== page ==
I am endlessly fascinated by how the undergraduate student journalists at the Yale Daily News cover their university’s host city. It is as if, rather than full-time residents, they are tourists in town for a few days or hours and don’t have time to get a full grasp of their surroundings.
Granted, these are novice writers acclimating to the difficult craft of mainstream journalism, at a student paper with tight deadlines, at a school without a full-fledged Journalism program. But there’s a matter of perception here which is distinct from any journalistic abilities.
Only in the Yale press could the rock club Toad’s Place (which doesn’t serve food) and the steakhouse/bar Box 68 (which doesn’t book live music) be regularly debated as if these were equivalent choices for late-night fraternizing. (The only similarity appears to be access to liquor.)
In recent days, the Yale Daily News has:
• reported that 20 members of the Yale community attended a Master’s Tea featuring five notable mystery fiction writers, without noting that those same writers were all in town for a charity event that same evening, to be attended by hundreds of paying customers at the Shubert.
• described the New Haven Register, one of the oldest continuously published newspapers in the United States, merely as “a daily metro paper that covers New Haven and its suburbs,” not even awarding this centuries-old mainstay media outlet a “the” instead of an “a” in that dismissive description. The story notes that the Register “stopping printing its own paper in-house on March 4, 2012 (it is now sourced to the Hartford Courant location),” clearly confusing these rival entities as sister papers rather than as partners in a strictly-business arrangement which has one using the other’s press equipment. The New Haven Independent, meanwhile, which is run by a Yale alum, is mentioned twice in this Daily News article without apparently needing an introduction at all. The story’s headlined “New Haven Register to return to city,” as if the paper’s longtime Long Wharf address was not within city limits. (It is, and less than two miles from campus.)
• shown a curious attitude toward city politics. Both candidates in the current mayoral race attended Yale, so there’s not that sort of bias. What’s evident is a sort of scattered interest in the race which forces wishy-washy faux-analytical articles such as appeared on the front-page of the Yale Daily News’ Oct. 9 edition. On page one, the story is headlined “Swing Voters May Decide Election.” When the story jumps to page 4, the head reads “Swing Voters Role in Mayoral Election Unclear.”
• attended a lunch in honor of former Yale President Rick Levin (who stepped down from his post this year) and New Haven Mayor John DeStefano Jr. (who is not running for reelection), when both men received “Founders Awards” from the Long Wharf Theatre. The final paragraph of the story reads “The Long Wharf Theatre was founded in 1965 by alumni of the Yale School of Drama.” Technically, this is not true, since co-founder Jon Jory actually quit his Yale School of Drama studies in order to start the community-based Long Wharf, and never finished his degree. And a follow-up sentence in that paragraph might have been obliged to mention that in 1966 the university created its own regional theater, the Yale Rep, in direct competition with the year-old Long Wharf, and just a few months later caused considerable consternation in the New Haven arts community by mentioning plans to take over the Long Wharf and absorb it into the School of Drama.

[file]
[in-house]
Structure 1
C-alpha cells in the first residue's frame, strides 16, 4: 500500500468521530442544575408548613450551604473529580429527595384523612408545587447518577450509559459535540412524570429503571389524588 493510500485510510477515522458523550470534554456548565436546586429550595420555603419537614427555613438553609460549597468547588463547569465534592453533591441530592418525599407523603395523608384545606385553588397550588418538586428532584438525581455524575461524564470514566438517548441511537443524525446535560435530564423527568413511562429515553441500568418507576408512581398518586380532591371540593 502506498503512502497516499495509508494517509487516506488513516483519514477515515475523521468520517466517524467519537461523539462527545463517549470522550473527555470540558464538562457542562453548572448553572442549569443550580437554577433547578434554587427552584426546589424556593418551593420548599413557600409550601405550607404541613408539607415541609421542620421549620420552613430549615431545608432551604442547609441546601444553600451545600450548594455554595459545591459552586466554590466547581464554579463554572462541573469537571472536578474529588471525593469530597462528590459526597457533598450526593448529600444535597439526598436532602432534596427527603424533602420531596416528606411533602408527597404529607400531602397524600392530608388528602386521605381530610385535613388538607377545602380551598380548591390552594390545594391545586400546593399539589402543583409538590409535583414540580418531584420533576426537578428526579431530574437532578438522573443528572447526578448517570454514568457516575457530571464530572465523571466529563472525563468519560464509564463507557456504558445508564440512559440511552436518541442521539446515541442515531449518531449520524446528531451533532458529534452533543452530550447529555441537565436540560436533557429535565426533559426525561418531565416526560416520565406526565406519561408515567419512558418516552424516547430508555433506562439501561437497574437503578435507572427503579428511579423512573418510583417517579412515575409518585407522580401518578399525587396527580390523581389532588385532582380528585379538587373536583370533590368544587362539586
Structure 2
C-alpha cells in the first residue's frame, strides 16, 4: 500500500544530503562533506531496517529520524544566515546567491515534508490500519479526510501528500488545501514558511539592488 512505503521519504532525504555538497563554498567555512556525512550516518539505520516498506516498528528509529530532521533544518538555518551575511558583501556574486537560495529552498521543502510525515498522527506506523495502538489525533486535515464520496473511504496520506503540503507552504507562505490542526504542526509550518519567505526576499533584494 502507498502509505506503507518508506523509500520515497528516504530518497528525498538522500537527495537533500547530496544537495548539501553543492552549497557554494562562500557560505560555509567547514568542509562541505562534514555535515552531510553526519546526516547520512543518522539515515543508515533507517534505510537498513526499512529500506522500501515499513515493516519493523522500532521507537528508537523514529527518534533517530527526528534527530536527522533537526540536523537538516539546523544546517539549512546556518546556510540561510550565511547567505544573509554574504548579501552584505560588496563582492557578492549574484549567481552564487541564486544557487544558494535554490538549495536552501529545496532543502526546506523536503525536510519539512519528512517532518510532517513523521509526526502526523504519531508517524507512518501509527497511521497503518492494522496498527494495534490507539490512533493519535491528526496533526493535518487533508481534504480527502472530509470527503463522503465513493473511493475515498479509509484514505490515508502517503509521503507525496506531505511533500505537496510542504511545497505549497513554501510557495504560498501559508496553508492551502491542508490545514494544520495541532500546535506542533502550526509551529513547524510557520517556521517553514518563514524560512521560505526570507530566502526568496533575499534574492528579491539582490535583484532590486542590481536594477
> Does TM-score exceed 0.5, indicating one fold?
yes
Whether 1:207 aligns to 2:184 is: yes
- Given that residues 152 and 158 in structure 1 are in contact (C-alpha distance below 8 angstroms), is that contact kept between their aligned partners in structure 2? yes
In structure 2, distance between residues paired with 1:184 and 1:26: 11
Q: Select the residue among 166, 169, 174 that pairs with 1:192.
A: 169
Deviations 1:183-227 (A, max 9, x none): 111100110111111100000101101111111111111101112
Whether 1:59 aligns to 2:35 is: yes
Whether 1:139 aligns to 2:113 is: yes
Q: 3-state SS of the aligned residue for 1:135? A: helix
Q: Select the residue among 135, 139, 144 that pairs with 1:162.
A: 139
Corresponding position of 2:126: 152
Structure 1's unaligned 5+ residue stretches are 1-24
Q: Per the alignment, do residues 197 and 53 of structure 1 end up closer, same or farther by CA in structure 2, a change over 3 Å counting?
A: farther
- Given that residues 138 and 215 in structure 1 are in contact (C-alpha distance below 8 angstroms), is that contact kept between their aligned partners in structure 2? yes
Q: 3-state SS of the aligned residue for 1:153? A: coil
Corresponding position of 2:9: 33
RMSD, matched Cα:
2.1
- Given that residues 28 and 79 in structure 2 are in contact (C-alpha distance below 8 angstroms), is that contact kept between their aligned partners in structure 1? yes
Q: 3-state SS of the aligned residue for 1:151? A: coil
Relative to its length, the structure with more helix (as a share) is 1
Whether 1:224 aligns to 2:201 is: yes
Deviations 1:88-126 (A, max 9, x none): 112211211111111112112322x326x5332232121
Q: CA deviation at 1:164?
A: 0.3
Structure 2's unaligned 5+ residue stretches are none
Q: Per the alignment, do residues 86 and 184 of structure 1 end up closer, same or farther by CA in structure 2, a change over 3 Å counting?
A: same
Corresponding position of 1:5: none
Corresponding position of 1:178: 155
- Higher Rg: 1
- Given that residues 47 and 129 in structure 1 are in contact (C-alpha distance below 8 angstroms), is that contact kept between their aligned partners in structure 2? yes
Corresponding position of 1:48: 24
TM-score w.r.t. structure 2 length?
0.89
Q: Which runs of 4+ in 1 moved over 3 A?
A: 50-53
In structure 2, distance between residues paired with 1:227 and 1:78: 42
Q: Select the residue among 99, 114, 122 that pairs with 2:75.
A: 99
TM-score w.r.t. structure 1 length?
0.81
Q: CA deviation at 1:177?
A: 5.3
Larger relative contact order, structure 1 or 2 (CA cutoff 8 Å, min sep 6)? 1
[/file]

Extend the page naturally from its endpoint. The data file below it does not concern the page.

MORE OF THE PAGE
• noted the relocation of CitySeed’s downtown Wednesday farmers’ market from outside City Hall (on Church Street between Elm and Court) to New Haven Green (at the corner of Chapel and Temple). The story begins “The New Haven Green is celebrating its 375th birthday with its first-ever farmer’s market, which opened this summer to great fanfare.” The second paragraph repeats that the move was due to “the Green’s big anniversary.” A more astute reporter or editor might have mentioned that 2013 is in fact the anniversary of the founding of the entire city of New Haven, not just its Green. Town surveyor John Brocket did not formalize the famous nine-square city plan (with the Green in its center) until 1641. A bit more thought on the part of the writer or editor might also have led to the obvious realization that town greens historically are marketplaces, so that it’s a stretch to think that CitySeed would be New Haven Green’s “first-ever farmer’s market.” In fact, the Green was known as “the marketplace” before it was known as “the Green,” and foods were traded there for centuries. The Green has also had a meeting house, a cemetery and for many years a State House. It might be hard for Yalies to imagine New Haven as having a center of its universe that was not Yale University, but so it was.
Such errors and misconceptions pepper the Yale News on a daily basis, causing constant amusement and/or irritation among those of us with deeper understandings of the city of New Haven. These mistakes, misstatements and confusions seem to emanate from indifference as much as anything else.
If Yale’s traditions and details (from a cappella society pledge nights to major university awards to the correct labeling of an alum’s school and class year) were as casually treated in the university’s main news source as are New Haven’s, one suspects there’d be hell to pay. In townie matters, ignorance prevails.